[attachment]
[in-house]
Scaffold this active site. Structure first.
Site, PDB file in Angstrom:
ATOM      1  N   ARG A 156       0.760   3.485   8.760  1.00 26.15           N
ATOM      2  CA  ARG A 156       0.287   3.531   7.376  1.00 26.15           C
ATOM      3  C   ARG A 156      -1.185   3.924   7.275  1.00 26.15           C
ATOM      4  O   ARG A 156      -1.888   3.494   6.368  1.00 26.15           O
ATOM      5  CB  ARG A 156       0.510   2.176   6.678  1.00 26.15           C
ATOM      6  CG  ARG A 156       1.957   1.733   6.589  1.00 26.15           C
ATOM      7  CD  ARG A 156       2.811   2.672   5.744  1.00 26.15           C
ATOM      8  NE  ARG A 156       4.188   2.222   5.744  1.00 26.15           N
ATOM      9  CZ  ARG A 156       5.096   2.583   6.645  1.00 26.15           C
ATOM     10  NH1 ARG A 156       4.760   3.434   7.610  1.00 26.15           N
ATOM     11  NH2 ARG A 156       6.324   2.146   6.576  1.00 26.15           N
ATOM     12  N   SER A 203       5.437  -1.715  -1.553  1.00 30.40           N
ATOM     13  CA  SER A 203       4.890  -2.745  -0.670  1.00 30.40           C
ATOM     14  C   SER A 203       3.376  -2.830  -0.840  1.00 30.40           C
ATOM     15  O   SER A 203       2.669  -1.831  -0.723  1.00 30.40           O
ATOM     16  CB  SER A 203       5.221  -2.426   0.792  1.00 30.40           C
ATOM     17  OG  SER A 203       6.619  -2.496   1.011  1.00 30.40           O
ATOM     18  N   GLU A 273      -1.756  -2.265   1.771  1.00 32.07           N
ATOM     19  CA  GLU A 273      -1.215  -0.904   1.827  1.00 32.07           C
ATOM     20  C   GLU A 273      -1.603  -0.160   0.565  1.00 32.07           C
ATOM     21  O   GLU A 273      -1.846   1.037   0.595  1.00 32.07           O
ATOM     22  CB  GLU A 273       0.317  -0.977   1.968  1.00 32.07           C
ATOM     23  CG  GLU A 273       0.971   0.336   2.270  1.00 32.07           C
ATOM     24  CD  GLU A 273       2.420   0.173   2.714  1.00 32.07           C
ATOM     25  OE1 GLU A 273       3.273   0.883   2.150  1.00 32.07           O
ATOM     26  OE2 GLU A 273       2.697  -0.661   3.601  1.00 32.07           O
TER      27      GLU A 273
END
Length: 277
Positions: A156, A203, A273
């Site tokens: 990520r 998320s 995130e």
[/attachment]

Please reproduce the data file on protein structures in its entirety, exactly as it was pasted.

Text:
[in-house]
Scaffold this active site. Structure first.
Site, PDB file in Angstrom:
ATOM      1  N   ARG A 156       0.760   3.485   8.760  1.00 26.15           N
ATOM      2  CA  ARG A 156       0.287   3.531   7.376  1.00 26.15           C
ATOM      3  C   ARG A 156      -1.185   3.924   7.275  1.00 26.15           C
ATOM      4  O   ARG A 156      -1.888   3.494   6.368  1.00 26.15           O
ATOM      5  CB  ARG A 156       0.510   2.176   6.678  1.00 26.15           C
ATOM      6  CG  ARG A 156       1.957   1.733   6.589  1.00 26.15           C
ATOM      7  CD  ARG A 156       2.811   2.672   5.744  1.00 26.15           C
ATOM      8  NE  ARG A 156       4.188   2.222   5.744  1.00 26.15           N
ATOM      9  CZ  ARG A 156       5.096   2.583   6.645  1.00 26.15           C
ATOM     10  NH1 ARG A 156       4.760   3.434   7.610  1.00 26.15           N
ATOM     11  NH2 ARG A 156       6.324   2.146   6.576  1.00 26.15           N
ATOM     12  N   SER A 203       5.437  -1.715  -1.553  1.00 30.40           N
ATOM     13  CA  SER A 203       4.890  -2.745  -0.670  1.00 30.40           C
ATOM     14  C   SER A 203       3.376  -2.830  -0.840  1.00 30.40           C
ATOM     15  O   SER A 203       2.669  -1.831  -0.723  1.00 30.40           O
ATOM     16  CB  SER A 203       5.221  -2.426   0.792  1.00 30.40           C
ATOM     17  OG  SER A 203       6.619  -2.496   1.011  1.00 30.40           O
ATOM     18  N   GLU A 273      -1.756  -2.265   1.771  1.00 32.07           N
ATOM     19  CA  GLU A 273      -1.215  -0.904   1.827  1.00 32.07           C
ATOM     20  C   GLU A 273      -1.603  -0.160   0.565  1.00 32.07           C
ATOM     21  O   GLU A 273      -1.846   1.037   0.595  1.00 32.07           O
ATOM     22  CB  GLU A 273       0.317  -0.977   1.968  1.00 32.07           C
ATOM     23  CG  GLU A 273       0.971   0.336   2.270  1.00 32.07           C
ATOM     24  CD  GLU A 273       2.420   0.173   2.714  1.00 32.07           C
ATOM     25  OE1 GLU A 273       3.273   0.883   2.150  1.00 32.07           O
ATOM     26  OE2 GLU A 273       2.697  -0.661   3.601  1.00 32.07           O
TER      27      GLU A 273
END
Length: 277
Positions: A156, A203, A273
């Site tokens: 990520r 998320s 995130e």